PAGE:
Dwarf Fortress is a story generator, and although you may have heard about its colony management misadventures, there’s actually two other modes to try. Adventure mode, which will see you taking control of a single created character. And Legend mode, which puts in you the shoes of a dwarven historian, as you comb through the entire history of the world.
Naturally, each mode appeals to a certain type of playstyle. They are all fundamentally different from each other, so understanding what you’re getting into is important. Will you raise a mighty fortress, or will you discover its legacy instead? One thing is certain, Dwarf fortress has enough content to keep you entertained for many hours.
3/3 Fortress Mode
Fortress mode is the titular Dwarf Fortress experience. You are placed in charge of seven dwarves to start, and you settle in a location of your choosing. From there, the choice is yours whether they taste the riches of success, or meet an unfortunate end. Your initial dwarves have a choice of provisions, equipment and skills that will best suit your new colony. You may be in charge in the grand scheme of things, but the catch is that you are unable to control dwarves individually.
Each dwarf has their own motivations, needs and desires. They will eat when they feel like it, sleep when they are tired, and follow their assigned work schedule to the best of their abilities. If a young dwarf lad decides to go on a nature walk when a raging minotaur roams outside your walls, then natural selection will take precedence over your own control. That being said, it’s not like you are completely at the whims of your stout inhabitants.
Dwarves have needs, both essential and vain. Providing for all these needs will help your colony function smoothly. You will be in charge of work assignments, building and scheduling, so designing an effective fortress is ultimately up to you. Since you can’t directly control dwarves, risk management is also an important part of your role. Taking the most appropriate steps towards providing a safe and happy environment will reflect on the well-being of your fortress. The world is fully simulated, and creatures or civilizations will react to your fortress based on your actions. For example, cut down too many trees and the elves will have something to say about it.
2/3 Adventurer Mode
Adventurer mode is the opposite of Fortress mode. Instead of guiding the reins of an entire fortress of dwarves, you are placed in direct control of just one character (or a few if you make a party). This character is created by you, and can pick from any playable race be it elf, goblin or something in between.
After choosing a race, you will determine how renowned your character is. Are they a pathetic peasant who is hardly scraping by? Or are they a demigod who shakes the world around them? Each starting status comes with a different set of allocatable attributes, skill points and equipment points. These points are distributed at your leisure, and perform a role similar to a traditional level-based RPG. Aside from typical body attributes like strength and agility, there are also soul attributes. These are more cerebral, and affect things like musicality or focus.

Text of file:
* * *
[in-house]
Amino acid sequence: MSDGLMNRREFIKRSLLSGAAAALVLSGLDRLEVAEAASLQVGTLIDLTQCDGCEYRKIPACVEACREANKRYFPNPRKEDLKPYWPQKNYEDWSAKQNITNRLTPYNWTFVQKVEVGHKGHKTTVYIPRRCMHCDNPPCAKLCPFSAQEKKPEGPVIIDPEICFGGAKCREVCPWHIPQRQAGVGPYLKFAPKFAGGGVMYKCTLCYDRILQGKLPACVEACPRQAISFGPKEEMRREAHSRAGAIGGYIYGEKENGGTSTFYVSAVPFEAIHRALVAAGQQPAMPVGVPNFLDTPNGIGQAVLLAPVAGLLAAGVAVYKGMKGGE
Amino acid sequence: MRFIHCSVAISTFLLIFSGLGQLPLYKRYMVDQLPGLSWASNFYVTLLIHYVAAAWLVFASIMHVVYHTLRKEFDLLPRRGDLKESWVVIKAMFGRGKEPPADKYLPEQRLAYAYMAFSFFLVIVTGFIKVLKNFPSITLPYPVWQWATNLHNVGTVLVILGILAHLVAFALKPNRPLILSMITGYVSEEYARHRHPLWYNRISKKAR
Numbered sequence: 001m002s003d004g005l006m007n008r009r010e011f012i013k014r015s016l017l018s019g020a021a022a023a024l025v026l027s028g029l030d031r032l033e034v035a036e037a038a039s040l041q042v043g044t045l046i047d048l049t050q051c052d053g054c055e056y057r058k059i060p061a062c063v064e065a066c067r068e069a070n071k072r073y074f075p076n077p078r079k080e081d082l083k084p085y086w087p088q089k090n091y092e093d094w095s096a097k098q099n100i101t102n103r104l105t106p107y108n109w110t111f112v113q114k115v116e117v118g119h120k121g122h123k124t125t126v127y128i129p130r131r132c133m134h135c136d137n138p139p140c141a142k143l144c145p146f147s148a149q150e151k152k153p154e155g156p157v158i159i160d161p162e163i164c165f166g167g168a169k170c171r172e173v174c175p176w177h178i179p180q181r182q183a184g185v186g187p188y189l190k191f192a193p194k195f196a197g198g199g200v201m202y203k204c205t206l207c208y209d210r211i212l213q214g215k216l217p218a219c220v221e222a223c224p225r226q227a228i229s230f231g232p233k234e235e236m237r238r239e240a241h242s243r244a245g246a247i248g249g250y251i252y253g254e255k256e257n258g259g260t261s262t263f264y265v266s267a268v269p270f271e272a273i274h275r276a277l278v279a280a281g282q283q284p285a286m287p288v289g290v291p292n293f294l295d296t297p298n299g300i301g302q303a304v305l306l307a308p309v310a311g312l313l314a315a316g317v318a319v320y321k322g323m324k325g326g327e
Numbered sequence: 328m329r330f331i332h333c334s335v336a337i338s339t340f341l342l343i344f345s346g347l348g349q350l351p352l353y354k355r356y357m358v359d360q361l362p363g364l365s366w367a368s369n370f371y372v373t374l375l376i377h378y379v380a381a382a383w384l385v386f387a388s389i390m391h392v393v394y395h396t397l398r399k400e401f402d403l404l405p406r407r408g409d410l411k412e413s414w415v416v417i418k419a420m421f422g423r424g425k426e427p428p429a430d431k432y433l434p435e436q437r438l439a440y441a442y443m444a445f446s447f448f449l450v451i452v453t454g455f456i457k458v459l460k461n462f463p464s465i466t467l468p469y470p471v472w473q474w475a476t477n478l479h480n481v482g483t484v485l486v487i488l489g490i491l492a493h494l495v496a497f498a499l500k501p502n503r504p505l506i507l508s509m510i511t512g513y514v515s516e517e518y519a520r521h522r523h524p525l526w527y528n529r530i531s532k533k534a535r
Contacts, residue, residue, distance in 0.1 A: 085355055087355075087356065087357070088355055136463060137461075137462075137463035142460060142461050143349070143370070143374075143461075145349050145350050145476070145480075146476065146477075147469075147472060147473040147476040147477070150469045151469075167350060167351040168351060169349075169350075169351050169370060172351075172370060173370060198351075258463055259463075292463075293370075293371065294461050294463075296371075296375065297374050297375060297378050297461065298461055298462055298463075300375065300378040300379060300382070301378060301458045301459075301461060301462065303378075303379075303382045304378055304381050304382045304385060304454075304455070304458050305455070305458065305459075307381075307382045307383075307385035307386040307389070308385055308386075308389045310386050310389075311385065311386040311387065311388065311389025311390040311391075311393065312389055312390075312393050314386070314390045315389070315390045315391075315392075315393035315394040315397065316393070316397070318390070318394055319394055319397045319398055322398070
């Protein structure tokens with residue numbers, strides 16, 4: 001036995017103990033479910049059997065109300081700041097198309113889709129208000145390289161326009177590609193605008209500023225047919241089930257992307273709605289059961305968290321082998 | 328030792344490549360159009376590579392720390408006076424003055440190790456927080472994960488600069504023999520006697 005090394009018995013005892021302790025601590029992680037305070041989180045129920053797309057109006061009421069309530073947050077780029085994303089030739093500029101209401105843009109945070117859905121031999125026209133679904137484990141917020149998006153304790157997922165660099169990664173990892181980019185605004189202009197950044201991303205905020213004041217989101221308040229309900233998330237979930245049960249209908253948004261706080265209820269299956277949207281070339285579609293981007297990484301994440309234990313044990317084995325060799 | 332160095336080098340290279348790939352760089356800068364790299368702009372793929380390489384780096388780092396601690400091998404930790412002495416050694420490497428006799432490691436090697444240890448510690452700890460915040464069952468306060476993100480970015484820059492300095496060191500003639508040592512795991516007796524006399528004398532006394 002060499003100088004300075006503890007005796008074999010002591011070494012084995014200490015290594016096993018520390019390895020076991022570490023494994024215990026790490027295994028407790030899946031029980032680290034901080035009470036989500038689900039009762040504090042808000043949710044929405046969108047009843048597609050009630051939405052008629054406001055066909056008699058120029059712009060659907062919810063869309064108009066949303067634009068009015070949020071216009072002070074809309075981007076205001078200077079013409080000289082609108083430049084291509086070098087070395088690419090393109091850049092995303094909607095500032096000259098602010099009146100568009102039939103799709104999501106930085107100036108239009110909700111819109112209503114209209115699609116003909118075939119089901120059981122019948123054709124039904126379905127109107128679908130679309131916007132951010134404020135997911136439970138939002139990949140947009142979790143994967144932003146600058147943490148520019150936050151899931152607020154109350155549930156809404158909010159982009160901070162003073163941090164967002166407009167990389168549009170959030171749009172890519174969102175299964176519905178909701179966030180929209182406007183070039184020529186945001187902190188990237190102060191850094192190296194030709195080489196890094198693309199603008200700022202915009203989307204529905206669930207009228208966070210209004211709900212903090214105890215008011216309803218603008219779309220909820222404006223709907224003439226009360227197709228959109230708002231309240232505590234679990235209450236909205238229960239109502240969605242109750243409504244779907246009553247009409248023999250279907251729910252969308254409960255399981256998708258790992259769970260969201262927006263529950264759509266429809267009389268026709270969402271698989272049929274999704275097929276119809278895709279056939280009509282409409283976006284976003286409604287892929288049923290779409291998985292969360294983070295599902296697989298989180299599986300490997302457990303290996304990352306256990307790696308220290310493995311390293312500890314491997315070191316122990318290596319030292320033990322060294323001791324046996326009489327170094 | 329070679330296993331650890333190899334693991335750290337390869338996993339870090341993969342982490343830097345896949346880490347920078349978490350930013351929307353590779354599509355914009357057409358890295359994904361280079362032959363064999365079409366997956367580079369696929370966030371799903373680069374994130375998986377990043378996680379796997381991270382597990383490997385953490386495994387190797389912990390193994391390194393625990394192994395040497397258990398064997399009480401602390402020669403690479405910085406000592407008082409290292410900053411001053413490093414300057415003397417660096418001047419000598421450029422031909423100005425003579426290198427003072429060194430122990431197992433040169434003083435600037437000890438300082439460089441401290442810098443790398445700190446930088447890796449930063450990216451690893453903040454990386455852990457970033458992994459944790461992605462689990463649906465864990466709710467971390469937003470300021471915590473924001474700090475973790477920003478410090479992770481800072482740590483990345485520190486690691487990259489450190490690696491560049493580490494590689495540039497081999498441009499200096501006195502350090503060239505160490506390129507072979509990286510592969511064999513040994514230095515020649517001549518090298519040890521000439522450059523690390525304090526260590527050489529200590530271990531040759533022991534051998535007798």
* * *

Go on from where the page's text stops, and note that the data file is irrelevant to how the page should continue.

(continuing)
After your character is created, you are free to fully explore the procedurally generated open world that you’ve created. Your character can encounter anything from dark caves, ferocious monsters to bustling towns. What’s even cooler is that you can even visit any previously held fortresses in the world, and take any items that you may have created there. It shows just how interconnected the worlds of Dwarf Fortress are. Adventurer mode is best seen as an open-world RPG, mixed with a complex layer of simulation and Dwarf Fortress flair.
1/3 Legends Mode
Legends mode really lets you hit the books like a historian. It fully showcases the world building that Dwarf Fortresses world generation is capable of. Instead of managing dwarves, this mode is about discovering all the historical events and details that go into their world. When starting a new game in Legends mode, you will follow the same steps of world generation as the other modes. However, everything after this point is different.
You take on an omniscient role in the world, and can view everything that there is to learn. You can read interesting logs about a historical figure in world history, or you can learn about the rise and fall of civilizations. Each of these logs are incredibly detailed, and prone to taking you down a rabbit hole of curiosity. You may start your legends journey reading about a particular civilization, and end it by learning the story of a single goblin who lived there.
This game mode takes the story generating capabilities of Dwarf Fortress, and pushes them as far as possible. It can be surprisingly entertaining to read tales of elves battling demons, goblins having wrestling competitions and dwarves raising the undead to their own peril. Given the procedurally generated nature of the world, some of the stories can feel slightly mismatched. However, if you take everything at face value, it actually makes the stories even funnier and fits into the wild antics Dwarf Fortress is known for.